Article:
by Andy Hoffman, Miles Franklin:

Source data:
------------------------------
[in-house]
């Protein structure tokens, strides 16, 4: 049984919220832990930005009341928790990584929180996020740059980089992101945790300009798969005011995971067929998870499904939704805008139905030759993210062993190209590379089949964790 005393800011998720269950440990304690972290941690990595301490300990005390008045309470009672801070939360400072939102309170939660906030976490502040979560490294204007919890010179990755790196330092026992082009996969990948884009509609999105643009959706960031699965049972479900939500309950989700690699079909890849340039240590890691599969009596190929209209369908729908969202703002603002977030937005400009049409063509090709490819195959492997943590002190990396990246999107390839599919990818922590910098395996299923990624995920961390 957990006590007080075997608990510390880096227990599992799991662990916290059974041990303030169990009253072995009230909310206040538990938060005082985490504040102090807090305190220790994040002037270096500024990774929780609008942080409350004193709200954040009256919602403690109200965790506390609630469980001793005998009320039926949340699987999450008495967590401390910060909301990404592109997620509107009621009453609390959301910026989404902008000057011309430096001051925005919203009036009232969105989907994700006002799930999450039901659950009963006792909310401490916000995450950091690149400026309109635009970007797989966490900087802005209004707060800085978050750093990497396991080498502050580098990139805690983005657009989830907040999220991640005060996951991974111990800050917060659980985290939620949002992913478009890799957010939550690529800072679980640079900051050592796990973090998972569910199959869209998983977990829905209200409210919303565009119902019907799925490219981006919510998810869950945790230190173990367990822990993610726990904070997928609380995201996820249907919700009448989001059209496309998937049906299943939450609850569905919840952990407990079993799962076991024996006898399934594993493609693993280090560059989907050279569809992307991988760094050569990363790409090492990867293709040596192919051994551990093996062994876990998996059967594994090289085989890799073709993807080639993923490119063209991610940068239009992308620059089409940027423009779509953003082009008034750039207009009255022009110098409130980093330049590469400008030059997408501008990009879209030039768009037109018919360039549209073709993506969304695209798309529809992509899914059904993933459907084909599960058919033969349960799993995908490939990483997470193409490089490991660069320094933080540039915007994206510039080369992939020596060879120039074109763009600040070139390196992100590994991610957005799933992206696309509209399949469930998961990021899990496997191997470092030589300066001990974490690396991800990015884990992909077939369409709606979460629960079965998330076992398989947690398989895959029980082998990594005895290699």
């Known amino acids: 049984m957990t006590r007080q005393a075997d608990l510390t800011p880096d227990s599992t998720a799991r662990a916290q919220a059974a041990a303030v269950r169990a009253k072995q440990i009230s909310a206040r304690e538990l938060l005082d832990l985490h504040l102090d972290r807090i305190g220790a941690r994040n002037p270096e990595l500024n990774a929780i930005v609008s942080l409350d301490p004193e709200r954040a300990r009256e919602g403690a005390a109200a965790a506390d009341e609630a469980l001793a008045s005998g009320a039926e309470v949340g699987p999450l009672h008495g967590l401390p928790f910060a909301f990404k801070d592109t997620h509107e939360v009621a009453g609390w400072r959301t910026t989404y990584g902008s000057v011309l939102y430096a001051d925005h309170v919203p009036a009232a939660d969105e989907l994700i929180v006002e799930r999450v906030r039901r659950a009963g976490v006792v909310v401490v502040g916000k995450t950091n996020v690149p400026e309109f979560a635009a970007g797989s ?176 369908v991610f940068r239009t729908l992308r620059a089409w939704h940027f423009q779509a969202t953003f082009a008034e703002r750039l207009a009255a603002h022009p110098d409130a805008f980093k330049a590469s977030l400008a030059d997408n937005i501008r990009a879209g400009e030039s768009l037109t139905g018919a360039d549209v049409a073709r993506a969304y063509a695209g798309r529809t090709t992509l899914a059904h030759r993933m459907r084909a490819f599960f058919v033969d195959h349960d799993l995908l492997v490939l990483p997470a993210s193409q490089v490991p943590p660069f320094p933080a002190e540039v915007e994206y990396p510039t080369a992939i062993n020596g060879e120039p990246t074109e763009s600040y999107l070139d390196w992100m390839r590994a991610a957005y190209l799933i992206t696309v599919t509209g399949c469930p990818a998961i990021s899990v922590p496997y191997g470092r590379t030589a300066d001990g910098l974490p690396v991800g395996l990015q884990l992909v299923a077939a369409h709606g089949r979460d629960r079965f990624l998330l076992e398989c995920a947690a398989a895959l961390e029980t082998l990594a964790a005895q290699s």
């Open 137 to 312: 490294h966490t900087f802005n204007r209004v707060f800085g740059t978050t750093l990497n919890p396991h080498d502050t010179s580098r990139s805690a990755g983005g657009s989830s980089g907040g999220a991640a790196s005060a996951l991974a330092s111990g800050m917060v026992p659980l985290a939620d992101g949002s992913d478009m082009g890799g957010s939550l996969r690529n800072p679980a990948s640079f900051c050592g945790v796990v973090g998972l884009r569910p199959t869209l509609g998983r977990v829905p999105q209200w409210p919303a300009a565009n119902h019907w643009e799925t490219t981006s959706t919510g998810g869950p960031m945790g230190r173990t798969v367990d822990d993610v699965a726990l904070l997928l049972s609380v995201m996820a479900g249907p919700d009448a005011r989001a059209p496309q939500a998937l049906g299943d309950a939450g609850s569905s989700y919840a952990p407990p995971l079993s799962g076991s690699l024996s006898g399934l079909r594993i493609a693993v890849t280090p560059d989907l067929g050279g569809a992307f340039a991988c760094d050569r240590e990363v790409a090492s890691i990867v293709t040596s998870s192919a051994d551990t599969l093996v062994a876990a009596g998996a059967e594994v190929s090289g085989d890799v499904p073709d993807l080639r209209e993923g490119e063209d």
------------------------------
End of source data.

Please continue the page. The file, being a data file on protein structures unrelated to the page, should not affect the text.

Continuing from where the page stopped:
In college, I majored in Finance, and minored in economics; and several years later, achieved the Chartered Financial Analyst designation, or CFA. In other words, I’m one of the handfuls of Americans whose career path actually followed his university studies. And thanks to the pure luck of my grandfather being a pharmacist at Walgreen’s – and subsequently, gifting me $1,000 of stock upon my birth in 1970 – I wasn’t forced to take out student loans. Again, putting me at the end of the bell curve; as just this month, Federal student loans – amidst the lowest Labor Participation rate in 35 years – surpassed $1 trillion, whilst default rates surged to an all-time high. Of course, if the Fed hadn’t been printing money with reckless abandon throughout this time – remember, the gold standard was abandoned in 1971 – such loans wouldn’t be necessary. To wit, when I attended SUNY Albany in 1988-92, a year’s tuition was $7,000; as opposed to today’s $20,000 or $28,000 for non-NY residents.
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